“devoted” = single-minded in bringing about a certain course of action

“the fellowship” has definite article implying distinctive gatherings

Body Life Fellowship is devoted to enjoying one another (2:42-44).

These early believers enjoyed being with each other. The phrase “together” in reference to the believers is repeated throughout the book of Acts.[3] They were together after Jesus’ ascension (1:14) and at the beginning of Pentecost (2:1). They were devoted to spending time together (2:42, 44, 46) and the imperfect verb tense in this passage suggests a recurring pattern of gathering as it became a part of their lifestyle.

Modern day Christianity, especially in the West, seldom experiences this described togetherness. We are more concerned with filling our time with activity than community. In activity we can isolate ourselves and just be busy doing things. In community we must interact, face to face, with others which will require vulnerability and authenticity.

The church is being threatened with losing an entire generation (Those born after 1990) that craves community. And if the church thinks that it can just plan more activities and programs for people to come to will be the solution then they are sadly mistaken. The younger generation wants you not your programs or activities. They want someone to genuinely care about them and get involved in their lives.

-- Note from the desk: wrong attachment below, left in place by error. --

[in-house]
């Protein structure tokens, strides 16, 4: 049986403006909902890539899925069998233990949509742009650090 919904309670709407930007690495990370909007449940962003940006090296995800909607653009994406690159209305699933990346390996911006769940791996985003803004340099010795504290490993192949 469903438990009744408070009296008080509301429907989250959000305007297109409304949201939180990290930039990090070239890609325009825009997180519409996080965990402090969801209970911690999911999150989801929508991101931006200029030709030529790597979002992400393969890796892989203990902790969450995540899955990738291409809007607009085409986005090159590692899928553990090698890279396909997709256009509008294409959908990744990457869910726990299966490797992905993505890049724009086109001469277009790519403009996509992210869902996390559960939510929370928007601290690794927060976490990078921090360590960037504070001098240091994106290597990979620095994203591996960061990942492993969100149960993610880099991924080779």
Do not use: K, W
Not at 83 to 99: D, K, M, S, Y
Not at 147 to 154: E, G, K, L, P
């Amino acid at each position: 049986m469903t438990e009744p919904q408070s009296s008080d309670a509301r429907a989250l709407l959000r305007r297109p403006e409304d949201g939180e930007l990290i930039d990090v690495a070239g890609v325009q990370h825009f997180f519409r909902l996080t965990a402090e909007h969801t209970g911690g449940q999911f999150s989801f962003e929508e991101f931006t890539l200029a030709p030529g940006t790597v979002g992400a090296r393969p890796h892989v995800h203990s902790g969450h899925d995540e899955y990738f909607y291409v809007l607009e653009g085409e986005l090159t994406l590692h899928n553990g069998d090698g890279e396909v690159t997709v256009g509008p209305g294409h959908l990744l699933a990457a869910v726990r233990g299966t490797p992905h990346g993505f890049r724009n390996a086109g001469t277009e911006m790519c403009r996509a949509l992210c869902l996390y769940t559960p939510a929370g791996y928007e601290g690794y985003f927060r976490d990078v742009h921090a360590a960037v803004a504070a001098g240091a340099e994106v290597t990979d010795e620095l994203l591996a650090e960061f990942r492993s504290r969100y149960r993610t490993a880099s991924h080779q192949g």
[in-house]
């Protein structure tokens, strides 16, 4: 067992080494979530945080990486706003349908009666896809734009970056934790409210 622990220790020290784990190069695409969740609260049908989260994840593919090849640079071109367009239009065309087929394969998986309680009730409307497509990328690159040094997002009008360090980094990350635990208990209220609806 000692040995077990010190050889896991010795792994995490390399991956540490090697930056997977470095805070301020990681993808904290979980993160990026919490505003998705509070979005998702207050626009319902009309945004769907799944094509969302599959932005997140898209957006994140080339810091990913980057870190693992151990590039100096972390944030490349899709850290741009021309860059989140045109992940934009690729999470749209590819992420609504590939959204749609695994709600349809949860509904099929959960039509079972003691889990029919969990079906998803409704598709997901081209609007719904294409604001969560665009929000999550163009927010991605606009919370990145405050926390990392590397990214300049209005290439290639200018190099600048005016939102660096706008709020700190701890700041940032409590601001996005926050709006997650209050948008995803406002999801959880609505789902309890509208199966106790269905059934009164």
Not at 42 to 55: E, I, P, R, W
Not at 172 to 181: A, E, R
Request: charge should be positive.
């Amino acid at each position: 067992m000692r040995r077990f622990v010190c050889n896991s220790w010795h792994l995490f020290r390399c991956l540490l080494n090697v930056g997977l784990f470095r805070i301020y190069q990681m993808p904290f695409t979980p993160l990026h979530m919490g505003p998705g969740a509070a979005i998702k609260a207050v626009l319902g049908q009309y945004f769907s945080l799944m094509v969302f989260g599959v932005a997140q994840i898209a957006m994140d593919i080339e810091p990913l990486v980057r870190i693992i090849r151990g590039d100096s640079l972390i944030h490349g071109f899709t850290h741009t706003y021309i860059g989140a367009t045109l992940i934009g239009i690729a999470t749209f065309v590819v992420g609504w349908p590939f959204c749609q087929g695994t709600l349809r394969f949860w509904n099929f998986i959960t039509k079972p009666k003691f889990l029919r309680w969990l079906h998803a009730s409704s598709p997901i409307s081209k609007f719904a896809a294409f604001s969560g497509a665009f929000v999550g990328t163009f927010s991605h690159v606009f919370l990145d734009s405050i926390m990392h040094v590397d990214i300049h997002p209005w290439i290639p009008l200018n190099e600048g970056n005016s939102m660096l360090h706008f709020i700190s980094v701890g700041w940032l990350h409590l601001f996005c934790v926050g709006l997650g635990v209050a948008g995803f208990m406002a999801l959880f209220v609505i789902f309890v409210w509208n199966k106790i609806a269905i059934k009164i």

Even more, church growth specialists say that a person will leave a church if they have not formed at least 7 friend connections. What does that mean for us? It means that we must become a place that values relationships over programs. We must become a place that is open to new-comers and is relentless on removing cliques.

Body Life Fellowship is devoted to providing for one another (2:45).

This leads to a second description that out of enjoyable relationships came concern for others well-being. These early believers were so committed to one another that they could not help but take care and provide for needs as they arose. The measure of their togetherness was measured in their willingness to sacrifice and be generous. Luke says, they “sold their possessions and goods, giving to anyone as he had need”. They realized that all their possessions were only on loan to them by God and were to be used for the glory of God and spread of the gospel.